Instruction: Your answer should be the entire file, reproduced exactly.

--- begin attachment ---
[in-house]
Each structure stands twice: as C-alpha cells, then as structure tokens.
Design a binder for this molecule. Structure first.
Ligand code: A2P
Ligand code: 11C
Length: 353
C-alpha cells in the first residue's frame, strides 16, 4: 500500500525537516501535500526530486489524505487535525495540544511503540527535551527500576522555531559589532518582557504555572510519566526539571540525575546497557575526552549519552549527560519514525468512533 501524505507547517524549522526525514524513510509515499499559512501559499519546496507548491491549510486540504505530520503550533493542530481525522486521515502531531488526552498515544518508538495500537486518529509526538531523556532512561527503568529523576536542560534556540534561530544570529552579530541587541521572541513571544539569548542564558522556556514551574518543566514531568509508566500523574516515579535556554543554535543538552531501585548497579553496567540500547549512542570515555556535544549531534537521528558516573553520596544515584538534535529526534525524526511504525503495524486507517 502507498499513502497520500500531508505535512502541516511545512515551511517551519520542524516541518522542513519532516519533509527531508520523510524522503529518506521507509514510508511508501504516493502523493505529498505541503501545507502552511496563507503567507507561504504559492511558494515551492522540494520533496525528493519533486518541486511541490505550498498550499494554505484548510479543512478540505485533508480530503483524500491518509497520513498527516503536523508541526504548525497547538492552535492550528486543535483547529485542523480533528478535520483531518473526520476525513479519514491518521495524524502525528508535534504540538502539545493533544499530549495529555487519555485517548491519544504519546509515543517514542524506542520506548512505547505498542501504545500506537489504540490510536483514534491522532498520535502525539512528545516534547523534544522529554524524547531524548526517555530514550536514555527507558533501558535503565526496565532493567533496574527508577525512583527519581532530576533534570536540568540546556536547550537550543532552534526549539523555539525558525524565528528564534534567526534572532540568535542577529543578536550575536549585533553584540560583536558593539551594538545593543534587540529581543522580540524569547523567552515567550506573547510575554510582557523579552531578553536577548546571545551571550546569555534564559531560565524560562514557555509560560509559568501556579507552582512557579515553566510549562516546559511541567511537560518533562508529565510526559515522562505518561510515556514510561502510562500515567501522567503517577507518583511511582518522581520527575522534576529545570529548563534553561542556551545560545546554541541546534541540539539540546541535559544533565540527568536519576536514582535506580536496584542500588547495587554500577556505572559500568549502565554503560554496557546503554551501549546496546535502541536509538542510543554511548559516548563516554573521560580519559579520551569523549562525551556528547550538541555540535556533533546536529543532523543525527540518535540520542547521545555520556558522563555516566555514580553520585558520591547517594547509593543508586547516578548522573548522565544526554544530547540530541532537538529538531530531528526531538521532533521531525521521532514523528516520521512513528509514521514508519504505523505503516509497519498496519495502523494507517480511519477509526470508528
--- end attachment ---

[in-house]
Each structure stands twice: as C-alpha cells, then as structure tokens.
Design a binder for this molecule. Structure first.
Ligand code: A2P
Ligand code: 11C
Length: 353
C-alpha cells in the first residue's frame, strides 16, 4: 500500500525537516501535500526530486489524505487535525495540544511503540527535551527500576522555531559589532518582557504555572510519566526539571540525575546497557575526552549519552549527560519514525468512533 501524505507547517524549522526525514524513510509515499499559512501559499519546496507548491491549510486540504505530520503550533493542530481525522486521515502531531488526552498515544518508538495500537486518529509526538531523556532512561527503568529523576536542560534556540534561530544570529552579530541587541521572541513571544539569548542564558522556556514551574518543566514531568509508566500523574516515579535556554543554535543538552531501585548497579553496567540500547549512542570515555556535544549531534537521528558516573553520596544515584538534535529526534525524526511504525503495524486507517 502507498499513502497520500500531508505535512502541516511545512515551511517551519520542524516541518522542513519532516519533509527531508520523510524522503529518506521507509514510508511508501504516493502523493505529498505541503501545507502552511496563507503567507507561504504559492511558494515551492522540494520533496525528493519533486518541486511541490505550498498550499494554505484548510479543512478540505485533508480530503483524500491518509497520513498527516503536523508541526504548525497547538492552535492550528486543535483547529485542523480533528478535520483531518473526520476525513479519514491518521495524524502525528508535534504540538502539545493533544499530549495529555487519555485517548491519544504519546509515543517514542524506542520506548512505547505498542501504545500506537489504540490510536483514534491522532498520535502525539512528545516534547523534544522529554524524547531524548526517555530514550536514555527507558533501558535503565526496565532493567533496574527508577525512583527519581532530576533534570536540568540546556536547550537550543532552534526549539523555539525558525524565528528564534534567526534572532540568535542577529543578536550575536549585533553584540560583536558593539551594538545593543534587540529581543522580540524569547523567552515567550506573547510575554510582557523579552531578553536577548546571545551571550546569555534564559531560565524560562514557555509560560509559568501556579507552582512557579515553566510549562516546559511541567511537560518533562508529565510526559515522562505518561510515556514510561502510562500515567501522567503517577507518583511511582518522581520527575522534576529545570529548563534553561542556551545560545546554541541546534541540539539540546541535559544533565540527568536519576536514582535506580536496584542500588547495587554500577556505572559500568549502565554503560554496557546503554551501549546496546535502541536509538542510543554511548559516548563516554573521560580519559579520551569523549562525551556528547550538541555540535556533533546536529543532523543525527540518535540520542547521545555520556558522563555516566555514580553520585558520591547517594547509593543508586547516578548522573548522565544526554544530547540530541532537538529538531530531528526531538521532533521531525521521532514523528516520521512513528509514521514508519504505523505503516509497519498496519495502523494507517480511519477509526470508528